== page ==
Universities to move online amid Level 4 - Nzimande

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Higher Education, Science and Innovation Minister Blade Nzimande. Picture: GCIS
Higher Education, Science and Innovation Minister Blade Nzimande. Picture: GCIS
  • Universities will move online, while TVET colleges will use remote teaching and learning amid the two week-long Level 4 lockdown.
  • Higher Education Minister Blade Nzimande said this was in line with regulations. 
  • Residences, however, remain open to avoid students travelling and being at risk of contracting the virus. 

Universities across the country will not officially close amid the adjusted Level 4 lockdown but all face-to-face teaching and examinations will come to a halt for the next two weeks amid the Covid-19 third wave, Higher Education Minister Blade Nzimande said on Wednesday.

At a media briefing in Pretoria, Nzimande said instead of closing, universities would instead move to online teaching for all students, in line with the regulations.

He added residences would also remain open as it was not safe for students to be released to travel back home as they might be at risk of contracting the virus.

Nzimande said: 

In terms of the adjusted Level 4 lockdown that has now been put in place, our universities do not officially close, but all face-to-face teaching and examinations must halt for the next two-week period. Learning will shift exclusively to online learning for all students.

He added universities would, however, need to continue to manage residences according to the necessary health and safety protocols as outlined in the directives and in line with protocols developed by higher health.

READ | Adjusted Level 4: Postponed exams, no contact classes - universities deal with the third wave

"Under no circumstances should any mass social or other activities be permitted in residences or on campuses during this period and institutions are requested to strictly enforce restrictive measures.

"It has also been agreed that international and inter-provincial travel will be discouraged, and limited to essential services and needs."

Nzimande said all access to campuses would also be controlled and made available for essential services and other activities that could not be suspended.

He added the principle outlined in the sector's directions was that all universities would manage their own academic activities in line with the national directions and health protocols, with the support of higher health. 

All institutions were expected to ensure their Covid-19 task teams were functional and active to manage institutional responses to the pandemic and also to maintain effective communication and consultation with staff and students amid the third wave, Nzimande said.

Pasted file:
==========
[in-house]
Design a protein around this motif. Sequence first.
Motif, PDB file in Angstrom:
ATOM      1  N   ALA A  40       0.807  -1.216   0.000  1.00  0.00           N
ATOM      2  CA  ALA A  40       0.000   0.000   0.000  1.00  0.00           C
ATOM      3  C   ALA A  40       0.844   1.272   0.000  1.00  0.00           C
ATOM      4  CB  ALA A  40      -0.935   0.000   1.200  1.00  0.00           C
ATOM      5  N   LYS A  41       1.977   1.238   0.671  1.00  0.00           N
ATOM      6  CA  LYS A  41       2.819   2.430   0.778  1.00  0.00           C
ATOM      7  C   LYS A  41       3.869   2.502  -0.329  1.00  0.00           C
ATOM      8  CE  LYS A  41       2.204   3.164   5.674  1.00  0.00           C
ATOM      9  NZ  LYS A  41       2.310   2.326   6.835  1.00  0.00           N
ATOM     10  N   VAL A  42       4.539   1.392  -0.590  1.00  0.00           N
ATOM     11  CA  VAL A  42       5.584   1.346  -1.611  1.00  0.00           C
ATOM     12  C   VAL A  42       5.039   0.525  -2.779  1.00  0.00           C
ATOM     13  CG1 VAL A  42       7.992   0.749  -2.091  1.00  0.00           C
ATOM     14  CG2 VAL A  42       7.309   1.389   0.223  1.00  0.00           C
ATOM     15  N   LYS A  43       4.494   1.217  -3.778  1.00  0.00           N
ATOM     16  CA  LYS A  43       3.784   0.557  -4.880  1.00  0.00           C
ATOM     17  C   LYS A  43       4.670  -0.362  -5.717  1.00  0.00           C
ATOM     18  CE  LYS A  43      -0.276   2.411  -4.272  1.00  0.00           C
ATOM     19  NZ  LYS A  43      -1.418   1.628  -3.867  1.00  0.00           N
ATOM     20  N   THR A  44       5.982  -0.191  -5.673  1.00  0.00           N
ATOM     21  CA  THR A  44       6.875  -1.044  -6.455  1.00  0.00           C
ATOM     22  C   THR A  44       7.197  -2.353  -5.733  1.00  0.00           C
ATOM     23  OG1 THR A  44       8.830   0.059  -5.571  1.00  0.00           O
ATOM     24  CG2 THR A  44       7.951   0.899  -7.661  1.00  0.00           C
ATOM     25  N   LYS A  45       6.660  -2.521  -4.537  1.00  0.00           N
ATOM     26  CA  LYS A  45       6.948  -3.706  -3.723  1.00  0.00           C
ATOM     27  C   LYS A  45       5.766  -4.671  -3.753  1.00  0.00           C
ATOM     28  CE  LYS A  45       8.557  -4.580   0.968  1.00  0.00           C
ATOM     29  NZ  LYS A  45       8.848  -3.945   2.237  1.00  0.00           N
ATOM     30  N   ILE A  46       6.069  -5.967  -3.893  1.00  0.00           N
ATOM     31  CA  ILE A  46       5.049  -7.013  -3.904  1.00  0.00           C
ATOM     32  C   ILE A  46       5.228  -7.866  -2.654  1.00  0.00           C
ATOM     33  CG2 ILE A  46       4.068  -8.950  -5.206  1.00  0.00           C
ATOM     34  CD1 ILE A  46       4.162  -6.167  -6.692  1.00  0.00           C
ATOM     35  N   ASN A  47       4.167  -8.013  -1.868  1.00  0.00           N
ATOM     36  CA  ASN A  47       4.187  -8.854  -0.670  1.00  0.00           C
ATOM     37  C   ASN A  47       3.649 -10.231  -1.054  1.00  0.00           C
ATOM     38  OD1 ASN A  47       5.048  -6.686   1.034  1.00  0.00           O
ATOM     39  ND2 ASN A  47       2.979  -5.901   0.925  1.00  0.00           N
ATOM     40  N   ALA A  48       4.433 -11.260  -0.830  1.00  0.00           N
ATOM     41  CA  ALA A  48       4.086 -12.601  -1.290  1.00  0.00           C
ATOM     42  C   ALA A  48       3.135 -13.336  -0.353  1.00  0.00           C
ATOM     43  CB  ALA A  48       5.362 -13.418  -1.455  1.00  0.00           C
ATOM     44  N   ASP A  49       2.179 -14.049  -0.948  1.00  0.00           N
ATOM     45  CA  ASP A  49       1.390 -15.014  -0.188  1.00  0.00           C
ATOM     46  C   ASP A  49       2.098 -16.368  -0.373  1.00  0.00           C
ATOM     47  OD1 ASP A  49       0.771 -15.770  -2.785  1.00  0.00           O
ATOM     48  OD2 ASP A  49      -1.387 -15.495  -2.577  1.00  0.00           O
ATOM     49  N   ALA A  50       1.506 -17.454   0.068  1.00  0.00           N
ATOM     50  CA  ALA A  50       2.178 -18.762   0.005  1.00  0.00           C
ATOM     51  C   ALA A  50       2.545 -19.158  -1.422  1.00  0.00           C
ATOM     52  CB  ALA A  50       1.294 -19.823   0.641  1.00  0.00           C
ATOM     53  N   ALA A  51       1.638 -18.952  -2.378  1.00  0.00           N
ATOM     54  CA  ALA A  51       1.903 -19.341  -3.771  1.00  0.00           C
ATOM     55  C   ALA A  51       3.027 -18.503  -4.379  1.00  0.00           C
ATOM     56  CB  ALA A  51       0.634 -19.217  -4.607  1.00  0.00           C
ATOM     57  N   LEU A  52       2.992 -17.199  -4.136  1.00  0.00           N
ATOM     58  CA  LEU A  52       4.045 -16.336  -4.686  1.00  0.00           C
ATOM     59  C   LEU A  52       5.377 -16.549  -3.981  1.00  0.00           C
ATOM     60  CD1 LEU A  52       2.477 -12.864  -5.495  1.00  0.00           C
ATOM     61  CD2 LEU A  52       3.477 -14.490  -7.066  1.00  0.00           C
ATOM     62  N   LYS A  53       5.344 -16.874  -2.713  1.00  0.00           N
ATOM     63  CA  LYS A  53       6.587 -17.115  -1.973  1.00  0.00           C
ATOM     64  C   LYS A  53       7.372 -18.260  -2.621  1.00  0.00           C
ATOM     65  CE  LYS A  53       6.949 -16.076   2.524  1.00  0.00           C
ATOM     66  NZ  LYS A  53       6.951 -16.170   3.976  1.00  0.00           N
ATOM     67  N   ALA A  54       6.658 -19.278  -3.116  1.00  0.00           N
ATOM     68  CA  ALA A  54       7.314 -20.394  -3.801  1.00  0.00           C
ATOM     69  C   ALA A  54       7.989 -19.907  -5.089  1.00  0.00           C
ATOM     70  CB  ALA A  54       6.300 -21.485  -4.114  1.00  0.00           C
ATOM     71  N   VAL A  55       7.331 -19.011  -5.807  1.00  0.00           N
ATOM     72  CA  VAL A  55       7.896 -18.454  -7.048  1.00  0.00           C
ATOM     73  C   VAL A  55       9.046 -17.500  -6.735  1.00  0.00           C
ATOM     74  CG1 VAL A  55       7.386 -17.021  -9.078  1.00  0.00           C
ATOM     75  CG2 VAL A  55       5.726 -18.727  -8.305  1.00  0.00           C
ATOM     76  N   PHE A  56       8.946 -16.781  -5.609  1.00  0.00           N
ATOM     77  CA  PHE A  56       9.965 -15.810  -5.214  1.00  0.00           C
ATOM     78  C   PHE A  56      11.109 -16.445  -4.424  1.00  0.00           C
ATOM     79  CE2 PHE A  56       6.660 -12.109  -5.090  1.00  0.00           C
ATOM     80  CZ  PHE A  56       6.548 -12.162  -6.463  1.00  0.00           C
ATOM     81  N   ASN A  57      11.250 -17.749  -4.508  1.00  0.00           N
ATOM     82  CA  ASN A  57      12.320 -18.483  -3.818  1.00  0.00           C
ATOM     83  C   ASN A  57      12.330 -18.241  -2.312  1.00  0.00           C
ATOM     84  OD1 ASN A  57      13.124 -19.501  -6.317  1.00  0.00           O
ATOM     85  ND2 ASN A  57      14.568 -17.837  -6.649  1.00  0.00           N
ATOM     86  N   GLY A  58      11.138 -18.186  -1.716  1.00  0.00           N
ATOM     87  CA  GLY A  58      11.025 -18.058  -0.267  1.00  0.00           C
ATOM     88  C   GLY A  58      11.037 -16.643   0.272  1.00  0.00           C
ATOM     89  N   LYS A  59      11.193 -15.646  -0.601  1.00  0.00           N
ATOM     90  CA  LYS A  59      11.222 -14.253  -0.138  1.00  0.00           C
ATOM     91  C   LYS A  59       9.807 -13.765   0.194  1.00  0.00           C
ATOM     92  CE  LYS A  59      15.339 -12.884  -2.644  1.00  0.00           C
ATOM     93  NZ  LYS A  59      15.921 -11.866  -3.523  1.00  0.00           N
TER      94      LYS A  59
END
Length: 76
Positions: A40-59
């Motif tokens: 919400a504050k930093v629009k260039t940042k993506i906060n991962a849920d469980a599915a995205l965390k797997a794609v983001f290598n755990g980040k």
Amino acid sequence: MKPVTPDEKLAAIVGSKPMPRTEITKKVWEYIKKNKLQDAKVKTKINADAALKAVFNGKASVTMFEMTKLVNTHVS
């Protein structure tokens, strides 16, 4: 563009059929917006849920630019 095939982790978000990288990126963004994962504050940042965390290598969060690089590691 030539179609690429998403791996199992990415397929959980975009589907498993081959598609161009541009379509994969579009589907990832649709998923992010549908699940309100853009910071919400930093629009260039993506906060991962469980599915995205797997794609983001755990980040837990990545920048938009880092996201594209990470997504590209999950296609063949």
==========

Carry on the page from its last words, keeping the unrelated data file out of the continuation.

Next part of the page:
Hybrid teaching and learning at TVET colleges

Touching on Technical, Vocational and Education Training (TVET), he added colleges would initiate remote teaching and learning approaches as they did in 2020. 

He said until the colleges officially closed later in the week and after they reopen, post-Level 4 lockdown, they would have to maintain health and safety protocols at campuses. 

Nzimande added further details of the process and the amended reopening dates for colleges would be communicated in due course.

The higher education department was in the process of finalising negotiations with mobile network operators for zero-rated data for students and college staff.

He said colleges would also make alternative plans to ensure students received their learning material while the issue of data was being attended to.

ALSO READ | Universities must prioritise student success, staff and curriculum development - Nzimande

TVET college examinations will also be adjusted to ensure students were properly prepared and not disadvantaged.

"I must indicate that flexibility exists in our TVET examinations calendar to allow for any reasonable amendment. Semester 1 and NCV students, who are currently in recess, shall resume their classes on 12 July on a rotational basis.

"Semester 2 registrations are ongoing and phased-in classes are to begin on 1 August, subject to review. Staff attendance at colleges and regional offices should be at a maximum of 33% to allow for limited disruption," Nzimande added.

He said Community Education and Training (CET) colleges would be guided by the Department of Basic Education calendar because the majority of them used basic education infrastructure. 

The higher education department said higher health had trained and developed more than 49 000 campus-based frontline institutional staff and student volunteers. 

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